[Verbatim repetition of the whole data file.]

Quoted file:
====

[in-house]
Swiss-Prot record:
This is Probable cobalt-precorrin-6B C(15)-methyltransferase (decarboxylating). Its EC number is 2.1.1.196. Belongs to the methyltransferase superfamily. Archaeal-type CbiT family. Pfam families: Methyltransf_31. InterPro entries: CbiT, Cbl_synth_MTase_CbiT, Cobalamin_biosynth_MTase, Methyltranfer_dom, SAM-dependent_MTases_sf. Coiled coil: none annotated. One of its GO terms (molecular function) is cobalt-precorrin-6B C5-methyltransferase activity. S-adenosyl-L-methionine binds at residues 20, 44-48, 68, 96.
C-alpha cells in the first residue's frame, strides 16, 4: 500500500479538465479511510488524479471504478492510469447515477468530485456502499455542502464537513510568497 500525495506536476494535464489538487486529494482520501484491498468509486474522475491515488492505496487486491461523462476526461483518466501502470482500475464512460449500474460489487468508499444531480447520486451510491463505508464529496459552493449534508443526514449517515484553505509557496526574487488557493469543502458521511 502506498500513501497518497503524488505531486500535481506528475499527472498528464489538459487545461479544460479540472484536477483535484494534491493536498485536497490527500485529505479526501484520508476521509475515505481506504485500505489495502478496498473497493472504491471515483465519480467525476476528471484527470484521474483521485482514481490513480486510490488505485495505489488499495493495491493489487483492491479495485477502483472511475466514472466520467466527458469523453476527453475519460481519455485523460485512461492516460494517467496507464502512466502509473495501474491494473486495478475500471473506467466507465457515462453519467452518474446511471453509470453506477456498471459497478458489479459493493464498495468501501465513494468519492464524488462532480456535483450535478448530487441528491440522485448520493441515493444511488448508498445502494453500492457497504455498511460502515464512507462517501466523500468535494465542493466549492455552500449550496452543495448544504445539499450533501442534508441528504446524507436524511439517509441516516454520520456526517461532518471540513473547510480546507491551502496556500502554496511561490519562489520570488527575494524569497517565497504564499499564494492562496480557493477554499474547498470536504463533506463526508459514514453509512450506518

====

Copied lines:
[in-house]
Swiss-Prot record:
This is Probable cobalt-precorrin-6B C(15)-methyltransferase (decarboxylating). Its EC number is 2.1.1.196. Belongs to the methyltransferase superfamily. Archaeal-type CbiT family. Pfam families: Methyltransf_31. InterPro entries: CbiT, Cbl_synth_MTase_CbiT, Cobalamin_biosynth_MTase, Methyltranfer_dom, SAM-dependent_MTases_sf. Coiled coil: none annotated. One of its GO terms (molecular function) is cobalt-precorrin-6B C5-methyltransferase activity. S-adenosyl-L-methionine binds at residues 20, 44-48, 68, 96.
C-alpha cells in the first residue's frame, strides 16, 4: 500500500479538465479511510488524479471504478492510469447515477468530485456502499455542502464537513510568497 500525495506536476494535464489538487486529494482520501484491498468509486474522475491515488492505496487486491461523462476526461483518466501502470482500475464512460449500474460489487468508499444531480447520486451510491463505508464529496459552493449534508443526514449517515484553505509557496526574487488557493469543502458521511 502506498500513501497518497503524488505531486500535481506528475499527472498528464489538459487545461479544460479540472484536477483535484494534491493536498485536497490527500485529505479526501484520508476521509475515505481506504485500505489495502478496498473497493472504491471515483465519480467525476476528471484527470484521474483521485482514481490513480486510490488505485495505489488499495493495491493489487483492491479495485477502483472511475466514472466520467466527458469523453476527453475519460481519455485523460485512461492516460494517467496507464502512466502509473495501474491494473486495478475500471473506467466507465457515462453519467452518474446511471453509470453506477456498471459497478458489479459493493464498495468501501465513494468519492464524488462532480456535483450535478448530487441528491440522485448520493441515493444511488448508498445502494453500492457497504455498511460502515464512507462517501466523500468535494465542493466549492455552500449550496452543495448544504445539499450533501442534508441528504446524507436524511439517509441516516454520520456526517461532518471540513473547510480546507491551502496556500502554496511561490519562489520570488527575494524569497517565497504564499499564494492562496480557493477554499474547498470536504463533506463526508459514514453509512450506518